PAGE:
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April 28, 2014

The Death Lady
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Franne Whitney Nelson , Ed.T., CSDS, is a native Vermonter, an Educational Thanatologist, Sudden Death TraumaSpecialistTM and director of Death Education Consulting in Montpelier, Vermont. She is a nationally known death and grief expert and lecturer who specializes in the biochemistry of grief and how grief differs according to the manner of death. The Death Lady is the moniker bestowed on her by the Vermont State Police in 1995 when she started their Sudden Death Trauma™ Program.
Episode Segments:
 
NDE Radio: Franne Whitney Nelson

Franne Whitney Nelson is a Sudden Death Trauma Specialist who works with police and others when someone must break the sad news that a family member has died unexpectedly. To quote a recent article about her in the Stowe Reporter, Her work has earned her the nickname the Death Lady, but clients say she is heaven sent.
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Guest(s) Appearing on this Episode
Franne Whitney Nelson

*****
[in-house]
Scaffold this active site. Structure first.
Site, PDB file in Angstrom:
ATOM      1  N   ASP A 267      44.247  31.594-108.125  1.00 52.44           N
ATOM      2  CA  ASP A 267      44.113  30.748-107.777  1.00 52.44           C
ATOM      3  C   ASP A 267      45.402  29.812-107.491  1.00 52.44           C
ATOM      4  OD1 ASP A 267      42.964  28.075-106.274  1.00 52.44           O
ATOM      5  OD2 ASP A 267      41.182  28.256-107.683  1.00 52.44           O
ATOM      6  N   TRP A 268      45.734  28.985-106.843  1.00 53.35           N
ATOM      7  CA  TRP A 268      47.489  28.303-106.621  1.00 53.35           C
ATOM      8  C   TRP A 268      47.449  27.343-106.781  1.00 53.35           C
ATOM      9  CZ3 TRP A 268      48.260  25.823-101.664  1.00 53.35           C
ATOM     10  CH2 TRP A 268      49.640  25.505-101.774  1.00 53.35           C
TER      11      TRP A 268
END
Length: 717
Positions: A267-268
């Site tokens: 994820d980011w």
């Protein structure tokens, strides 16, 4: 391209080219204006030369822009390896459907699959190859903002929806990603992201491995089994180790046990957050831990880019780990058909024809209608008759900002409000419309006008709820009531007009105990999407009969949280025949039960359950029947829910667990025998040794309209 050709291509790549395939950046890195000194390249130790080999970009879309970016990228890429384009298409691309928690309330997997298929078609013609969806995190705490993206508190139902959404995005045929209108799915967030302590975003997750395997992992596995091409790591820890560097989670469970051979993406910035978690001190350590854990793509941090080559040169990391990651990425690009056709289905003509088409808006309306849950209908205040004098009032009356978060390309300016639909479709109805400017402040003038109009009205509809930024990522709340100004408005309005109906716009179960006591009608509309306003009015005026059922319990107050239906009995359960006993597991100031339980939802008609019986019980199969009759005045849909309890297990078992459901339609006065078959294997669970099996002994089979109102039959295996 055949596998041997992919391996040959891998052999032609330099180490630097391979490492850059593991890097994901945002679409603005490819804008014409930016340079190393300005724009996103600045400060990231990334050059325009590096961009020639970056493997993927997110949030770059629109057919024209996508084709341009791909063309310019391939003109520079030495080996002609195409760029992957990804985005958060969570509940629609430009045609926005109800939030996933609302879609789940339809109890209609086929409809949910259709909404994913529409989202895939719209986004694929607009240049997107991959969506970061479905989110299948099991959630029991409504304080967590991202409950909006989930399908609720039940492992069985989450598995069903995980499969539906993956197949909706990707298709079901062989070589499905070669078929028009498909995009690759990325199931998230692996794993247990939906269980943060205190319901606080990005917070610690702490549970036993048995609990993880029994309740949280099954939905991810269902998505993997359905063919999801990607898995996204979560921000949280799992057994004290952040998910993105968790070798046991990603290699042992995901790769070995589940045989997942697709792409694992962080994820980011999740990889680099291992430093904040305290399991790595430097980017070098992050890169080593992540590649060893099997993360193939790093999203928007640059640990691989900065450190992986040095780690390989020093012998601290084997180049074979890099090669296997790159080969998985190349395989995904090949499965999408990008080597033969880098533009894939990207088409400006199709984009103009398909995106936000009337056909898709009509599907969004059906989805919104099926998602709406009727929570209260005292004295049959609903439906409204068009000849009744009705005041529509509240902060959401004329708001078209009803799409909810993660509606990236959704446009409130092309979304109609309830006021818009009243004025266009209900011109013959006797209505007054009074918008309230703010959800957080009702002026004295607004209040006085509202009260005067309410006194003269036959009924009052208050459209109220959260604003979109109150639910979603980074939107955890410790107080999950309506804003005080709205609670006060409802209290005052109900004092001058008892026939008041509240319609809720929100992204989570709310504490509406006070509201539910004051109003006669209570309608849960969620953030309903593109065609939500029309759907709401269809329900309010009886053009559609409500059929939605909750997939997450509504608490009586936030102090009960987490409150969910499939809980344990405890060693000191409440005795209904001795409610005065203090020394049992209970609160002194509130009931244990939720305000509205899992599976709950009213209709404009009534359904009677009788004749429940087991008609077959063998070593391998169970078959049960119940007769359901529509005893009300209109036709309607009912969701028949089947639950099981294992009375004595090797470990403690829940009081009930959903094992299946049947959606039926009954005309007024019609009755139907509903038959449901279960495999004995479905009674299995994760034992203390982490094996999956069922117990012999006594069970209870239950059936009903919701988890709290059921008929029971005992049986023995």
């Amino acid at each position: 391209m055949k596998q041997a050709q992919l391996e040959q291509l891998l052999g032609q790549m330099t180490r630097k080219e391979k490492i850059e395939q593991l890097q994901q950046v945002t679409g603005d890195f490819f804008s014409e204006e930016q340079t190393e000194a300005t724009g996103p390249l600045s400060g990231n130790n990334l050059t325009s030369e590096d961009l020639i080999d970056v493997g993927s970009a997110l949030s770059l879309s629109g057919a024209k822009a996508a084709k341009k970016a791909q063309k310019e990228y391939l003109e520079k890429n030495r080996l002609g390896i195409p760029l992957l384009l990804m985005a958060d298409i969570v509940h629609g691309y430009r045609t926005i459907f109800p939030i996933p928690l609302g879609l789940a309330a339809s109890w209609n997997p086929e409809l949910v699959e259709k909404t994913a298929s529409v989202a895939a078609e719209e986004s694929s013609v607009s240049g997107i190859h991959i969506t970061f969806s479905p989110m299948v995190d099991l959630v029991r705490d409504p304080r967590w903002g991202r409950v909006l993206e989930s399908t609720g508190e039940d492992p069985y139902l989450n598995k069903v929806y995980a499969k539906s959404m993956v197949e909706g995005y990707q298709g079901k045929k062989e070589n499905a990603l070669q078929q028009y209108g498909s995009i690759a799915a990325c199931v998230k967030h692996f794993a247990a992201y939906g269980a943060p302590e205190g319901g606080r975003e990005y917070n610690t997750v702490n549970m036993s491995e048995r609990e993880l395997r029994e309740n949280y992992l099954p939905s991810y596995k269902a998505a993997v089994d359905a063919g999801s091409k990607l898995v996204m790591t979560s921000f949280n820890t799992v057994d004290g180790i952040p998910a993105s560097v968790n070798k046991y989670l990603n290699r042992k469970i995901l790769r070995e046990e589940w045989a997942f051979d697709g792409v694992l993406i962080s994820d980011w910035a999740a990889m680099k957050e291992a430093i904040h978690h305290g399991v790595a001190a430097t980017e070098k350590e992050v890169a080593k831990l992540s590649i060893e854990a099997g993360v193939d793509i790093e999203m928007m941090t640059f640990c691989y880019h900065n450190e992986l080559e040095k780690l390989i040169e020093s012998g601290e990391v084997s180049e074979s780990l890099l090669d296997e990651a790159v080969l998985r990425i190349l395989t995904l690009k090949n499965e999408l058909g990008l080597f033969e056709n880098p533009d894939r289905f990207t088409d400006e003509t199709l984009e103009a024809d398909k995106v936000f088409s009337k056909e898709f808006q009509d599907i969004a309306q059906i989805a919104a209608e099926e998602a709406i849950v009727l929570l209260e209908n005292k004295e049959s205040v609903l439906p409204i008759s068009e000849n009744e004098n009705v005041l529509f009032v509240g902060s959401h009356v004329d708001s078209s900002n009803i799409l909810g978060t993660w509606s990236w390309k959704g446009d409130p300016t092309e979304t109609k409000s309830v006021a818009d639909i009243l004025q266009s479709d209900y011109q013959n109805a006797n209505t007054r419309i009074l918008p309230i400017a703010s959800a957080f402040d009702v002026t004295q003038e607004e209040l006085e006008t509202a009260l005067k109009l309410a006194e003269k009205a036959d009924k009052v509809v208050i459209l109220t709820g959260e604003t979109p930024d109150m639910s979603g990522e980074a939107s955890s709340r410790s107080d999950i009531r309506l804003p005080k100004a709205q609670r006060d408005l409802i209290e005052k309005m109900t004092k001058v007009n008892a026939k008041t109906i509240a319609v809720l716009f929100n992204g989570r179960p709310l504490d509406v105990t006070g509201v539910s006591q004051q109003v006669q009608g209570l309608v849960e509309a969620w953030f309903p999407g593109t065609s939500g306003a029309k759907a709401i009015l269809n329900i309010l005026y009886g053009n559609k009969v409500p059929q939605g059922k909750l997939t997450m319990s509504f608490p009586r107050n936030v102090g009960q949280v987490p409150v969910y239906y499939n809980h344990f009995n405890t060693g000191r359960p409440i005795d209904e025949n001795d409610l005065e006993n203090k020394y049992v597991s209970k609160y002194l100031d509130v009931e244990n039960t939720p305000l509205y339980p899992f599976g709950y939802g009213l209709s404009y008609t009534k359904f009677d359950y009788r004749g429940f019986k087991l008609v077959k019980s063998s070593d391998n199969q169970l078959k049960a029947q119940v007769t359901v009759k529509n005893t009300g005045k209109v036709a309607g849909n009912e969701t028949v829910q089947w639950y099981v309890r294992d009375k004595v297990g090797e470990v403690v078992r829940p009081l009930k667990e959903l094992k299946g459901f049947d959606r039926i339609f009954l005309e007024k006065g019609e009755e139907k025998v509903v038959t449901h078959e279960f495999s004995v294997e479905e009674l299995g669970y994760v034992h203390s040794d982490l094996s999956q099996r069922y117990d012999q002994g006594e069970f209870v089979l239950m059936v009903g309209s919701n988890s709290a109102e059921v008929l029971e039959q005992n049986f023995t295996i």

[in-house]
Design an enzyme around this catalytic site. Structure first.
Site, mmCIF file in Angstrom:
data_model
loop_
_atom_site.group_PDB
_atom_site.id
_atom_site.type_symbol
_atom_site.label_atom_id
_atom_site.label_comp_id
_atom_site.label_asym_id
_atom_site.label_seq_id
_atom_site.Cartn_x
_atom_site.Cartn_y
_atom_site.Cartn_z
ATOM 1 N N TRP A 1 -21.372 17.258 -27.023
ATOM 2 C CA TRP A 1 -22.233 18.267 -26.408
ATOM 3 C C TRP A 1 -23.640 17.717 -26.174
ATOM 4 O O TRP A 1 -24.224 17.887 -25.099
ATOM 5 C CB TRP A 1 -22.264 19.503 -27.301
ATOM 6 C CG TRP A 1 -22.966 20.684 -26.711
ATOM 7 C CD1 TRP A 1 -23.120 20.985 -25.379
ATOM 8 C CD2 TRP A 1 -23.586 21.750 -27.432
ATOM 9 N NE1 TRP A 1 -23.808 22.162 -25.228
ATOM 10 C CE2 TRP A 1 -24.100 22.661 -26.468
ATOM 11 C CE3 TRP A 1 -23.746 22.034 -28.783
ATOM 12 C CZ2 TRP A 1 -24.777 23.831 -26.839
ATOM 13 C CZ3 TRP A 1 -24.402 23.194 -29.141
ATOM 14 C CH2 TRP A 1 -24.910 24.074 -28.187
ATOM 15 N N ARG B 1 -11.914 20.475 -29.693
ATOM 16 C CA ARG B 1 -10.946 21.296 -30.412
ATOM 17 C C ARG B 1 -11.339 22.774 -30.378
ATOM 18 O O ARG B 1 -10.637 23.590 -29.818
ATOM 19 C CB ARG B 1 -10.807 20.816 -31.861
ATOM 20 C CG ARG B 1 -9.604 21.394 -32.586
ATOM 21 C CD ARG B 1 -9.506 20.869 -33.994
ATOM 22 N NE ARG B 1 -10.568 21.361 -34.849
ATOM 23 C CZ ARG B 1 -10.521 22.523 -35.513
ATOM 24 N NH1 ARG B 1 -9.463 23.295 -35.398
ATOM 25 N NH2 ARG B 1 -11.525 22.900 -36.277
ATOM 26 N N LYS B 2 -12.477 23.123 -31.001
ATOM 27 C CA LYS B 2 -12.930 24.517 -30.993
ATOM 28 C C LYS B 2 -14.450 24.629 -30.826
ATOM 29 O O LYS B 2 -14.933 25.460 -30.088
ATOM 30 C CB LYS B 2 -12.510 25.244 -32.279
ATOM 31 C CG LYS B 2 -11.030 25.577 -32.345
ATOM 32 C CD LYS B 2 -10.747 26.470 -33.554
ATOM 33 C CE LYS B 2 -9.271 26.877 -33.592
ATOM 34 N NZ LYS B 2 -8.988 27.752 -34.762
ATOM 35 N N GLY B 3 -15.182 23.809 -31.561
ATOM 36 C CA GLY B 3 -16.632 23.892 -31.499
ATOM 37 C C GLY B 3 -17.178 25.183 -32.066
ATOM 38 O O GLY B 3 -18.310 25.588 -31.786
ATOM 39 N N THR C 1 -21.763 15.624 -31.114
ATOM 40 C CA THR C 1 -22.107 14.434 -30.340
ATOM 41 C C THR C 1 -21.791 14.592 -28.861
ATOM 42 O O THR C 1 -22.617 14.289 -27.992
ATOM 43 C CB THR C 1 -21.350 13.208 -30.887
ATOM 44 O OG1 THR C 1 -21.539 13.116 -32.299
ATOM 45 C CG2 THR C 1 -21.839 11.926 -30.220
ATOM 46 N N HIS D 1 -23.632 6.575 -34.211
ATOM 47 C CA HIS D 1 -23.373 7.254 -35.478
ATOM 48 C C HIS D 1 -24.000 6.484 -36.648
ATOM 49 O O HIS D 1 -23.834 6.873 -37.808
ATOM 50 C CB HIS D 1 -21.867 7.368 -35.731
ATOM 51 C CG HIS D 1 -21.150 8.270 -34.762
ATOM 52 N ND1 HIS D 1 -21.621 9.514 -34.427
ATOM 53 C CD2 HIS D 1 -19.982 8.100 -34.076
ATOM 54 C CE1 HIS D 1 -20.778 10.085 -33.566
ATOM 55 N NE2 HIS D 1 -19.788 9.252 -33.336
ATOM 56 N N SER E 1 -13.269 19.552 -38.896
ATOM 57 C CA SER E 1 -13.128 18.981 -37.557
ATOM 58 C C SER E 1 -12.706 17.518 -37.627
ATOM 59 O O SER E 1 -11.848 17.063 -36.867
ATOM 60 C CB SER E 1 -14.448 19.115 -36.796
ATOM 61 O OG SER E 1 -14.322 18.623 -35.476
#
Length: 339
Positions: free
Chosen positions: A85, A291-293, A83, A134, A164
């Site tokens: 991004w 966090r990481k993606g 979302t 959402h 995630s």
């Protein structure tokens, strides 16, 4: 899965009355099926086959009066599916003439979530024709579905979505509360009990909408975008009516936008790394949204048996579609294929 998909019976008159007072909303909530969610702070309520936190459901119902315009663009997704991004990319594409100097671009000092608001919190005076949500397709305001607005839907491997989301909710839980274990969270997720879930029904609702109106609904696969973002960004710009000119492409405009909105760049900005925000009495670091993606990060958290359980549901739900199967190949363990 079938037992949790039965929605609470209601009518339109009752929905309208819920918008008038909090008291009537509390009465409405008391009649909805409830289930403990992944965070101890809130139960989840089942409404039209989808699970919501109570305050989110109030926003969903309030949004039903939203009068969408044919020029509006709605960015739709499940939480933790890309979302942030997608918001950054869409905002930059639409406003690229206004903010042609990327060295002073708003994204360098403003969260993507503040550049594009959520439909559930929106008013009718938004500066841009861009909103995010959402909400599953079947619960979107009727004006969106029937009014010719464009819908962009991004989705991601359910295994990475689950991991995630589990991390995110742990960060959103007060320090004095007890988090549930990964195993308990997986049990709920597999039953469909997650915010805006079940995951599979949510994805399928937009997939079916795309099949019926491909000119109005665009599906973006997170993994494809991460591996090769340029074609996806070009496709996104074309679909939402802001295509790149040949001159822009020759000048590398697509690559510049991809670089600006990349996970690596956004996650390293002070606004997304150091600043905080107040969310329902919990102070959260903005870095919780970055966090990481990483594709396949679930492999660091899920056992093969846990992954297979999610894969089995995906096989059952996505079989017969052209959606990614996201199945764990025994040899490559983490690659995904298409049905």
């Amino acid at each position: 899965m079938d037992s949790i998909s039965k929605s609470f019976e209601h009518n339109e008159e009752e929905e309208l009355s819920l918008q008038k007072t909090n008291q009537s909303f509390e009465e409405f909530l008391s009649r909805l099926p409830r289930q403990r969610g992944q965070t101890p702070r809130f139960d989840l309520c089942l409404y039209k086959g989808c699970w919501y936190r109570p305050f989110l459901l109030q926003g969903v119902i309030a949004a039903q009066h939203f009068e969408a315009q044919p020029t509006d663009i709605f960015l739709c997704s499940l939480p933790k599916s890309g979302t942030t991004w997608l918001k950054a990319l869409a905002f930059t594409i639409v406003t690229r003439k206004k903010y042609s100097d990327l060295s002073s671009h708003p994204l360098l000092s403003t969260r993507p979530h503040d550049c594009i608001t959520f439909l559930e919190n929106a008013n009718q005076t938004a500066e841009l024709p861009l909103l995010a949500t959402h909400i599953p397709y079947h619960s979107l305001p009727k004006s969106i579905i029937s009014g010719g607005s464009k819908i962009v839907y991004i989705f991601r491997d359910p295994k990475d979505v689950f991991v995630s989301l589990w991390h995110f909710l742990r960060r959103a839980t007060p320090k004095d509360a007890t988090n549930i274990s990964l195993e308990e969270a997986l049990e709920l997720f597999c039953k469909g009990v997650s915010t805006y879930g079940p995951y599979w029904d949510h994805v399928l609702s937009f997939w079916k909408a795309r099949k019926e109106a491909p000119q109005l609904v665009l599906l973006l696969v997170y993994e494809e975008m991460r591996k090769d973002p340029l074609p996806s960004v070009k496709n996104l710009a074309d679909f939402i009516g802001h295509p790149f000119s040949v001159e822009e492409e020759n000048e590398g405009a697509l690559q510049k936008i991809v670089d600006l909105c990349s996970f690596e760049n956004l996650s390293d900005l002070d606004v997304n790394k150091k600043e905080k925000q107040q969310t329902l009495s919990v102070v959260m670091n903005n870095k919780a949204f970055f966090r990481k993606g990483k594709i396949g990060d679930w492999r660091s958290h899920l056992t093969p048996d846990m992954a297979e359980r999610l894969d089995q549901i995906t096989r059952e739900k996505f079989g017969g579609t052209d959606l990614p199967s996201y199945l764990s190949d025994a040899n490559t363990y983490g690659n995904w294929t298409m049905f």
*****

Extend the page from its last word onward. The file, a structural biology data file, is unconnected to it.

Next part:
Franne Whitney Nelson, Ed.T., CSDS, is a native Vermonter, an Educational Thanatologist, Sudden Death TraumaSpecialistTM and director of Death Education Consulting in Montpelier, Vermont. She is a nationally known death and grief expert and lecturer who specializes in the biochemistry of grief and how grief differs according to the manner of death. Franne's experience in thanatology spans over 25 years and ranges from working for seven years as a civilian contract employee with the Vermont State Police making death notifications and doing crisis intervention for family members of the victims, to founding a hospice that she directed for five years, as well as serving as hospice director for a chain of nursing homes. In the course of her work with the Vermont State Police, she developed the nation's first state police Sudden Death Trauma ProgramTM and trained all Vermont troopers in dealing with sudden, unexpected death; death notification; body viewing; dealing with survivor-victims; and coping with the troopers' grief on and off the job. She also instructed at the Vermont Police Academy. Throughout her career, Franne has made over 400 sudden death notifications with law enforcement and in hospital emergency departments; created and carried out a five-year follow-up study of 1626 grieving survivors whose loved ones had died from expected, sudden or sudden, unexpected death; and has hands-on experience with 542 terminally ill people.

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